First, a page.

Posted: April 30, 2020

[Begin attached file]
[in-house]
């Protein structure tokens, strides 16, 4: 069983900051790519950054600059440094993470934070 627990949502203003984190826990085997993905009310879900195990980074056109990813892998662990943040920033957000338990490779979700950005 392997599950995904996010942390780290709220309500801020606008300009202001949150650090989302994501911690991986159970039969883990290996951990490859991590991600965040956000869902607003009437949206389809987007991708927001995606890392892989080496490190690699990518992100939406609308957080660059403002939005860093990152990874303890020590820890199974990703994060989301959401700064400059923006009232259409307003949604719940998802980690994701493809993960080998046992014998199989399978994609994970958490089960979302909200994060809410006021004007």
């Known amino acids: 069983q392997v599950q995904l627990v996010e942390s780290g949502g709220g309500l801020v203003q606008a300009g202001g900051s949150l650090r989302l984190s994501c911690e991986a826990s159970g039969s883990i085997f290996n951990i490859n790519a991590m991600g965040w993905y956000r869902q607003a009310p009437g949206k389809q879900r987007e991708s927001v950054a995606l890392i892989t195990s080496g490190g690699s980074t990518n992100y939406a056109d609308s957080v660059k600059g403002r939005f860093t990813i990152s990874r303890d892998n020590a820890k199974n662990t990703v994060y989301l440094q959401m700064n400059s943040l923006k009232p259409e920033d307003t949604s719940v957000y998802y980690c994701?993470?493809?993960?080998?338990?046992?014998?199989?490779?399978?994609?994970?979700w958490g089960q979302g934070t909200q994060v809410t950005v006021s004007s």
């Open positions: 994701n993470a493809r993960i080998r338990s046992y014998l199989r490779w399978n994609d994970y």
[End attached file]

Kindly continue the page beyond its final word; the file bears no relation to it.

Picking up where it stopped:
In the realm of corporate governance, what defines fair compensation is largely subject to interpretation and involves a complex array of factors. The expectations for executive pay vary across industries and involve a spectrum of modes of compensation in addition to a base salary. Across nations, compensation for corporate executives varies based on local tax laws and regulations. Setting compensation for the CEO is a primary responsibility of the Board of directors of a public company. What is fair? Obviously the compensation must be high enough to attract and retain the candidate the board believes to be the right person to lead the company—based on experience, skills, and leadership track record. Next, the level of compensation must be competitive relative to the pay of CEOs among competitor companies and similarly situated companies. Typically a compensation package has many components. Some are fixed like annual salary, others like an annual bonus are typically expressed as maximums to be earned by meeting performance goals and yet others are option grants or restricted stock grants that vest over the long term—and are designed to keep the CEO at the company for five to ten years to be fully earned. Of course, the Board has a fundamental duty to specify the performance metrics that the CEO and his management team must meet to achieve their compensation. These metrics will vary depending on each firm’s goals and philosophy for maintaining effective and optimal corporate governance. Usually some combination of growth in revenues and profits, stock performance, and ensuring diversity are featured. A hallmark of effective corporate governance is how well the CEO is executing the five-year strategic plan which typically details product and geographic expansion along with financial performance. Another component of corporate governance is the level of shareholder engagement. According to the Harvard Law School Forum on Corporate Governance, the responsibilities and compensation of corporate executives are largely subject to the voice of shareholders and activists about how capital should be allocated in the long term and short term. Corporate governance and compensation vary when successful founders stay on as CEOs. Warren Buffett has drawn only a straightforward salary of $100,000 annually with no bonuses and no stock option grants in history. Of course, he owns a significant share of Berkshire Hathaway stock—and his mantra is that his interests as owner are fully aligned with public shareholders. Amazon’s Jeff Bezos has never received a stock option grant since Amazon went public and his compensation remains unchanged over the past decade. Zuckerberg of Facebook has followed a similar model. On the other hand, executive compensation for many companies has drawn criticism from the public eye for driving income disparities. A 2003 Harvard study revealed that the compensation paid to the top five executives in a company “accounted for about 10% of that firm's earnings in 2003, compared to 5% in 1995.” While high executive pay can ensure adequate talent is attracted and retained, high executive salaries are liable to exacerbate the wealth divide in the United States. If the activity of CEOs and executives are not checked, it can often result in long-term goals being sacrificed for short-term gains vis-a-vis reckless financial decisions made by these executives. This is why Board oversight is key in the domain of corporate governance. Ultimately, for compensation to be deemed “fair”, the Board needs to ensure that during difficult times such as the current pandemic when there are layoffs, they can prevail upon the CEO to take a 20% pay cut and to forgo any bonuses until business gets back to “normal.” Corporate governance calls for routine oversight and navigation of the implementation of policies regarding compensation in order to create value in the long term and ensure that the vision of the organization is effectively maintained and propagated. To learn more about measuring fair executive compensation, visit our Contact Page, or contact us directly by email at firstname.lastname@example.org or by phone at 415-618-6060.